This was immediately after depositing my long-delayed (by me) income tax return in the bank at the crazy corner of Church and Wellesley.

This is not the first time that money has (literally) fallen from the sky when I needed it.

Yesterday, while surfing numerous web sites in the attempt to demystify mortgage rates, I said (and probably out loud, too, since I do work in the Creative department and these sorts of things are tolerated), "Universe, I'd really welcome some financial reassurance."

Then I stopped worrying about it.

And there they were. My income tax return last night and the loonie this morning. Both equally delightful.

Just goes to show you: faith is a powerful force.

Thanks, universe.

Thursday, December 6, 2007

You've got to love Nietzsche

One of my favourite billboards of all time is:

God is Dead
So is Nietzsche

That's why I was delighted to see old Nietzsche represented in my Zen Day by Day calendar today with:

And those who were seen dancing were thought to be insane by those who could not hear the music.

This quote almost, but not quite, drowned out the music of mortgage rates.

Wednesday, December 5, 2007

Victoria has a secret

Thanks to my BFF for giving me the heads up on the worthy diversion: the Victoria's Secret Runway Show. If I looked that good in my underpants, I'd be dead of hypothermia.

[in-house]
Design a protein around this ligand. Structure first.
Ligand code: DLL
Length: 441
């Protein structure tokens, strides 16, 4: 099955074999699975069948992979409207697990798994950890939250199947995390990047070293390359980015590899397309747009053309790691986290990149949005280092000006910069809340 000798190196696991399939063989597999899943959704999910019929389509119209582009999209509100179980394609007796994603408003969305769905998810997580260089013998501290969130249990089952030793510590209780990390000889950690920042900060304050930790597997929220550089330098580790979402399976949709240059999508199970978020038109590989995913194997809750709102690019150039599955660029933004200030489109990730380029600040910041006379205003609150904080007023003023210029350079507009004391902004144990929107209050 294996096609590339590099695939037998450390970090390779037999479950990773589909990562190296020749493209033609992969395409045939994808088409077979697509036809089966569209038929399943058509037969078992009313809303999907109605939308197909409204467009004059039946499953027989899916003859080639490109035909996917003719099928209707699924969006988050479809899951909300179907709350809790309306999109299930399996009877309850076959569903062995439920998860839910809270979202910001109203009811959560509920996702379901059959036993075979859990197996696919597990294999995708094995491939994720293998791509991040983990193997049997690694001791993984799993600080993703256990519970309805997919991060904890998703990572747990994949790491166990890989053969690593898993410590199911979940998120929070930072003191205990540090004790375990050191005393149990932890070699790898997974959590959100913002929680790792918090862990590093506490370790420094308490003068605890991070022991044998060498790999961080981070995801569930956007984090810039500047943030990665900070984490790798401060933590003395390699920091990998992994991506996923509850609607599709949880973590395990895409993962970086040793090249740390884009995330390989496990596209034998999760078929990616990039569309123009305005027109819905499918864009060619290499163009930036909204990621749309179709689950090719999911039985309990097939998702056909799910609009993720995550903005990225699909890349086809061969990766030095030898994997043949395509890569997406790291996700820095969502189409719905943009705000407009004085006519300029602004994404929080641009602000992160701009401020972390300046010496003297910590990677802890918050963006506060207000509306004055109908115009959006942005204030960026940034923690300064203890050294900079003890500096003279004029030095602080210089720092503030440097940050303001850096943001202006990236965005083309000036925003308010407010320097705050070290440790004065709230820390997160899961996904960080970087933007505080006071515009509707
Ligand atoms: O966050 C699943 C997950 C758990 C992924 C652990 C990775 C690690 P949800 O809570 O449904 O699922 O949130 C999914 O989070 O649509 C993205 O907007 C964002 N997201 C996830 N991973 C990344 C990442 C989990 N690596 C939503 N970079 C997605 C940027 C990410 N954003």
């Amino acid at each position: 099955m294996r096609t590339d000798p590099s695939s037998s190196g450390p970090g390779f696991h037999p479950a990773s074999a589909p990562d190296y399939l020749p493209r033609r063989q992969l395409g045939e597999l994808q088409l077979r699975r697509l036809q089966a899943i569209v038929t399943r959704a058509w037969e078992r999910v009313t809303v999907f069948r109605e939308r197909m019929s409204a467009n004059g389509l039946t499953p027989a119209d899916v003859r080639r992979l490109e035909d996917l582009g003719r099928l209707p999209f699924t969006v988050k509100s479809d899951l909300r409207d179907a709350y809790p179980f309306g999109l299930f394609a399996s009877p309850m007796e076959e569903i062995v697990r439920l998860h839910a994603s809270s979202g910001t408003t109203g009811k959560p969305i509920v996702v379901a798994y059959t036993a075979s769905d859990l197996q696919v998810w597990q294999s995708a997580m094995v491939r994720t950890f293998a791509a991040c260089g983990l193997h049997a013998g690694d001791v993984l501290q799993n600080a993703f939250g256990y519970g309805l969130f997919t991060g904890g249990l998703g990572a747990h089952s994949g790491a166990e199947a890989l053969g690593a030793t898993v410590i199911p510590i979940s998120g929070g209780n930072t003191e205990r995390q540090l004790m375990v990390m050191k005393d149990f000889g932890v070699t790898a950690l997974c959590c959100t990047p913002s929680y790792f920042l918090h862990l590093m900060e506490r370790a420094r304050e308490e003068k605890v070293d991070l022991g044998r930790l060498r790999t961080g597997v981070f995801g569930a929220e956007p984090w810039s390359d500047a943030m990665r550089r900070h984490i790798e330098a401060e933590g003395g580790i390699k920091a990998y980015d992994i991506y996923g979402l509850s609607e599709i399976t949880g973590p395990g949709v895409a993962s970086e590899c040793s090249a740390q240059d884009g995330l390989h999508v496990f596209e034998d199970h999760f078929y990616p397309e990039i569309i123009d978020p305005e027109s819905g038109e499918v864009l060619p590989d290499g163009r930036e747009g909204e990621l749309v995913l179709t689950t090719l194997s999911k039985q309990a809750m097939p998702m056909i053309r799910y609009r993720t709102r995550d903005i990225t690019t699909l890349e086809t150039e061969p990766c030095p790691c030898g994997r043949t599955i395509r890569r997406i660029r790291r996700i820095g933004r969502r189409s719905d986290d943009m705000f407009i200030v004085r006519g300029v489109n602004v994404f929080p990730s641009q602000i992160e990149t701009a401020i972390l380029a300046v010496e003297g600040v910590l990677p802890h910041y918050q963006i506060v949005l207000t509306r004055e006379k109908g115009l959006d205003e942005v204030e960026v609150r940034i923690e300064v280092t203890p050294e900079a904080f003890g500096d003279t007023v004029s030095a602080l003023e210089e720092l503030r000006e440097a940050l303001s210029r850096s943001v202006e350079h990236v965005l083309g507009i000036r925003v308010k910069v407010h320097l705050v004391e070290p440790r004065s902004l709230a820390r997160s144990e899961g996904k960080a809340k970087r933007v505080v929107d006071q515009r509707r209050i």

Part of me was half hoping that Victoria's actual secret might have been the key to unlocking the confusion surrounding mortgages.

Does anyone understand all the mumbo jumbo around fixed rate and variable, and basis points, and monthly, bi-monthly and all that jazz? My brain quite literally goes into la la land when I try to figure it out.

Clearly I was born, and will die, an artsy.

Anyway, if you or yours have a favourite mortgage broker, don't be shy. Do share.

Monday, December 3, 2007

I am a home owner!

In what can only be described as an exceptionally full weekend, I both bought a condo in Toronto AND got snowed in, in North Bay, Ontario.

Almost everything you need to know about my new place is contained in the following blog entry:

I'm not kidding.

Everything on my wish list and more.

Thank you, universe.